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Navigable Rivers & Inland Waterway Systems
World Port Source has added information about the world's waterways and the ports that line their banks and shores. Today we begin our new section with the top seven river systems in the world.
The Mississippi River is the largest river system in North America, extending about 2,320 miles (3,730 km). The river is navigable from Minneapolis, near its headwaters in Minnesota, to New Orleans and the Gulf of Mexico.
The river system extends west to Tulsa, Oklahoma on a branch of the Arkansas River, and east to Pittsburgh, Pennsylvania on the Ohio River.
The Mississippi River System is connected to the Mobile Bay River System via the Tennessee-Tombigbee Waterway at Yellow Creek State Inland Port in Iuka, Mississippi.
Near its northern limits, the Mississippi River System connects to Lake Michigan by way of the Illinois and Chicago Rivers.
Great Lakes & Saint Lawrence Seaway
With their rich natural resources of iron ore, coal, grain and timber, each of the Great Lakes – Erie, Huron, Michigan, Ontario and Superior – is a major waterway in its own right.
The Saint Lawrence Seaway opened in 1959 with the completion of the Welland Canal to bypass Niagara Falls and seven new locks on the St. Lawrence River. This work transformed the Great Lakes into an ocean accessible waterway where "salties" can now reach the freshwater Port of Duluth in Minnesota.
The Yangtze is the longest river in Asia, 3,988 miles (6.418 km) from glaciers on the Tibetan Plateau to the Port of Shanghai on the East China Sea.
From Yibin, Sichuan Province, in the east, the Yangtze travels across the middle of China where it is joined by the Han, Xiang and Gan Rivers.
The Yangtze River Delta region has one of the highest density of ports in the world and generates as much as 20% of China's GDP.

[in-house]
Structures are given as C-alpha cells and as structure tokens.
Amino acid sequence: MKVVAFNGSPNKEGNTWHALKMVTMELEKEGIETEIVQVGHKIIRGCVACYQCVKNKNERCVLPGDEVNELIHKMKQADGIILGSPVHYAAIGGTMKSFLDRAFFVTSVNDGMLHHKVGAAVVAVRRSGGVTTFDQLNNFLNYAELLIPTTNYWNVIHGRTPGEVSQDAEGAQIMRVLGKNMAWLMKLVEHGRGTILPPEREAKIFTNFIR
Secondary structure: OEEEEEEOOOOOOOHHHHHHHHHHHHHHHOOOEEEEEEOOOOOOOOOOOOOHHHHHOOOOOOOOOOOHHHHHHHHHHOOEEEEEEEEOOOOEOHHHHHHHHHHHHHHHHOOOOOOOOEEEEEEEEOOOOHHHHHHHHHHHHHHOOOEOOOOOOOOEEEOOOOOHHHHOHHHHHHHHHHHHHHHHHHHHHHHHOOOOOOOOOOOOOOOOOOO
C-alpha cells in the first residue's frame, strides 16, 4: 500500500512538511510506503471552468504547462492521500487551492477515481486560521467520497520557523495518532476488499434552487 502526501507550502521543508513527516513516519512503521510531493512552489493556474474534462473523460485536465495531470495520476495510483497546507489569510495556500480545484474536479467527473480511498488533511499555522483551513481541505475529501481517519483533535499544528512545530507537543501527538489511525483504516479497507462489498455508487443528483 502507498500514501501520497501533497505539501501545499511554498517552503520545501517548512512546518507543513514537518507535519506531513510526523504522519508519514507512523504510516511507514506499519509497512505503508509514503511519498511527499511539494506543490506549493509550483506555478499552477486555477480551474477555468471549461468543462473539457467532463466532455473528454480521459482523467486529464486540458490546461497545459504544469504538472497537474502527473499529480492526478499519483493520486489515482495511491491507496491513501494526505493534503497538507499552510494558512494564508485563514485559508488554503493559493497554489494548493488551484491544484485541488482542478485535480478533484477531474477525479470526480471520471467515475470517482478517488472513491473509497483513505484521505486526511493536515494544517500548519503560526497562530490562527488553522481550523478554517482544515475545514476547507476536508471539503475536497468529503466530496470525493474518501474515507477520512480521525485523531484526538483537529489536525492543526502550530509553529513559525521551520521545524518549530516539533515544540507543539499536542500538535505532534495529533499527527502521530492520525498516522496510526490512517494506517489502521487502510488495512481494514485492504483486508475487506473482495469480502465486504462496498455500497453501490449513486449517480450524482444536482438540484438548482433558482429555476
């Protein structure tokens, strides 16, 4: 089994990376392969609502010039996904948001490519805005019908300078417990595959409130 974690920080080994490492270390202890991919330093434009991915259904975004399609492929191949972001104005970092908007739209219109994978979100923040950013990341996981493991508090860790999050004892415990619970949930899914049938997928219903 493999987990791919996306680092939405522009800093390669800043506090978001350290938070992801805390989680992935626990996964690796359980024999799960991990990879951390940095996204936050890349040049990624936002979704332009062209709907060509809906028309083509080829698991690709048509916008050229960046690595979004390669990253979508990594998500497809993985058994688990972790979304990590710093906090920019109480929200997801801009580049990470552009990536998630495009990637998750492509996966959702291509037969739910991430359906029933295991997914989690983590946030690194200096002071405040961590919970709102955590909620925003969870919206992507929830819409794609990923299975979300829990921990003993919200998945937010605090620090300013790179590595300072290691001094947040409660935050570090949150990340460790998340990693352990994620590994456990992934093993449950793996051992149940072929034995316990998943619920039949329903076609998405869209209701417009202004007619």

The Grand Canal of China links the Yangtze to the Yellow River.
Rhine and Danube River Systems
|Rhine River System: Port Index — Port Map||Danube River System: Port Index — Port Map|
The Rhine and Danube River Systems have provided water transportation since the Roman Empire. Flowing north, the Rhine runs from the eastern Swiss Alps to the North Sea. From its origins in the Black Forest region of Germany, the Danube flows southeast to the Black Sea.
The Rhine River System allows modern waterborne transportation in Belgium, France, Germany, Netherlands and Switzerland. The Danube River provides ship and barge transportation to Austria, Croatia, Germany, Hungary, Romania, Serbia and the Slovak Republic.
The Rhine-Main-Danube Canal connects the Danube at Port of Kelheim to the Main River, a tributary of the Rhine, at Port of Bamberg.
The Volga River System is Russia's primary river and canal network, covering much of the western part of the country.
In the north, the Volga-Baltic Waterway connects the Volga to Port of St. Petersburg on the Gulf of Finland and the Baltic Sea.
The Volga River discharges into the Caspian Sea, the largest lake on earth. The Volga-Don Canal provides an alternative exit on the Don River to the Black Sea Region.
This important connection between the Volga River and Black Sea allows ship traffic from Baku, Azerbaijan, and other ports on the landlocked Caspian Sea to reach the Mediterranean Sea and beyond.
While the Amazon is the most famous South American river system, the Rio de la Plata River System is more developed and supports a much larger population, including Buenos Aires, Argentina.
The Uruguay River defines the eastern border of Uruguay and is navigable as far north as Port of Salto.
The Parana River travels north through the ports of San Nicolas and Santa Fe in Argentina before becoming the southern and western boarder boundary with Paraguay.
The Paraguay River extends the reach of this river system through the center of Paraguay and to Brazil. Bolivia's only port, Puerto Aguirre, is the last stop on this important waterway.